Flight operations at Lufthansa are running as planned after the pilots' strike

The strike following the collapse of collective bargaining ended as planned at midnight. Normal flight operations are expected, but individual delays are possible, the company said.

After the one-day pilots' strike at the Lufthansa According to the company, flight operations on Saturday started as planned. A company spokesman said on request that largely normal flight operations were expected. Individual delays are possible, but Lufthansa had already announced on Friday evening that there would probably be no further flight cancellations on Saturday.

The first departures from the Frankfurt and Munich hubs started early in the morning. As a precaution, Lufthansa canceled more than 800 flights with 130,000 affected passengers on Friday. With this strategy, a normal and stable flight plan should be achieved for the restart on Saturday. The current weekend is the last weekend of the school holidays in the German states of Hesse, Rhineland-Palatinate and Saarland.

Strike after failed collective bargaining

At Lufthansa, the pilots' strike ended as planned at midnight. The union "Vereinigung Cockpit" had limited the labor dispute to 24 hours from the outset. The union called the strike after collective bargaining with Lufthansa failed. Lufthansa has criticized the strike call and called on VC to return to the negotiating table. According to Lufthansa, VC's demands would increase personnel costs in the cockpit by 40 percent. This is beyond reasonable, even without considering the financial consequences of the Corona crisis.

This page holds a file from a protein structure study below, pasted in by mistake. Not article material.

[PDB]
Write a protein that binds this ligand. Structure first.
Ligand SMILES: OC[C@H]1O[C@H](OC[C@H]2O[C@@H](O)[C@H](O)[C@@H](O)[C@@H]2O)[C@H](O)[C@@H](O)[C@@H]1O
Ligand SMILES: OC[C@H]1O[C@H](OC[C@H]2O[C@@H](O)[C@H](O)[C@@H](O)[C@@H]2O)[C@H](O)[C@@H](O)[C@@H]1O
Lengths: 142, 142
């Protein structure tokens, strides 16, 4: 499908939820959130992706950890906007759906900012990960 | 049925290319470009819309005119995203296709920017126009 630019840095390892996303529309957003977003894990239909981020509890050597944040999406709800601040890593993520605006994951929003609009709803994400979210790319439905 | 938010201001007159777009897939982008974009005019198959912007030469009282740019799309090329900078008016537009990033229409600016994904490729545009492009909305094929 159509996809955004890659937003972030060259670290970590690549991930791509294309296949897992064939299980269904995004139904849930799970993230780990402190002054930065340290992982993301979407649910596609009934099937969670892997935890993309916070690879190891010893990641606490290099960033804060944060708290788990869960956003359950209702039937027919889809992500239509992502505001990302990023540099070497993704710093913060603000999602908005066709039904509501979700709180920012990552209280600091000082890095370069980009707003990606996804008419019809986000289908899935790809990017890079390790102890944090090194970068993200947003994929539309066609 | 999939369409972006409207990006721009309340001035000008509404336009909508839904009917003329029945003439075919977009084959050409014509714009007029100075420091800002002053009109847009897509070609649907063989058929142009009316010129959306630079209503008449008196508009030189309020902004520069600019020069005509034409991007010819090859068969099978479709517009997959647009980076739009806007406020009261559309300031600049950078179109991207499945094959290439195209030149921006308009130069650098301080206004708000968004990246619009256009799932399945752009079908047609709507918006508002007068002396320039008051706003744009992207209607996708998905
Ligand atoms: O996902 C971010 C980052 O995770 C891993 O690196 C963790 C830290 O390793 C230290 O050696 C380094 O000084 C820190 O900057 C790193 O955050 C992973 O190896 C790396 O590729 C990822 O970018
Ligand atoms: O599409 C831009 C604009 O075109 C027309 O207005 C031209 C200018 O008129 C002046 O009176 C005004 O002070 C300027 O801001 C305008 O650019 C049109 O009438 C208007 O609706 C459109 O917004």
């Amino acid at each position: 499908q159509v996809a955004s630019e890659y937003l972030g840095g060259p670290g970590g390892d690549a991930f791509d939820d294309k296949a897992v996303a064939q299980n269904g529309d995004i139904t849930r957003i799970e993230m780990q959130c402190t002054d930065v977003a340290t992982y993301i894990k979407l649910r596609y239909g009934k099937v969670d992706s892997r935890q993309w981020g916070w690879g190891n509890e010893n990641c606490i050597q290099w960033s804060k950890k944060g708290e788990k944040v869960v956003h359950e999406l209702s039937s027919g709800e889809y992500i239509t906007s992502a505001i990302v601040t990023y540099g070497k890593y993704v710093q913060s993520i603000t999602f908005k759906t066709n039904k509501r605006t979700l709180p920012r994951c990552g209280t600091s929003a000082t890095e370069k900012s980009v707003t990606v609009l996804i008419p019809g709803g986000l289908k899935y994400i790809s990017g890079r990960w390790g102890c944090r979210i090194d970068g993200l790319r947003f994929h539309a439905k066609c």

In addition to 5.5 percent more money this year, the VC had demanded an automated compensation above inflation from 2023. There would also be a new salary table and more money for sick days, holidays and training. Over a period of two years, that would mean an additional burden of 900 million euros, according to Lufthansa.

Ground staff went on strike in July

The automated adjustment for inflation offered Lufthansa a legal point of attack. You failed before the Munich Labor Court with the application for an injunction against the strike. However, the Cockpit Association withdrew the demand for automated compensation, which the court also judged to be "legally unobjectionable", and examined other formulations.

It was only in July that the Verdi union almost paralyzed the flight operations of the largest German airline for a whole day with a warning strike by ground staff. The flight attendants' union Ufo wants to negotiate for its members in the fall. It declared its "express and unreserved solidarity" with the pilots' strike.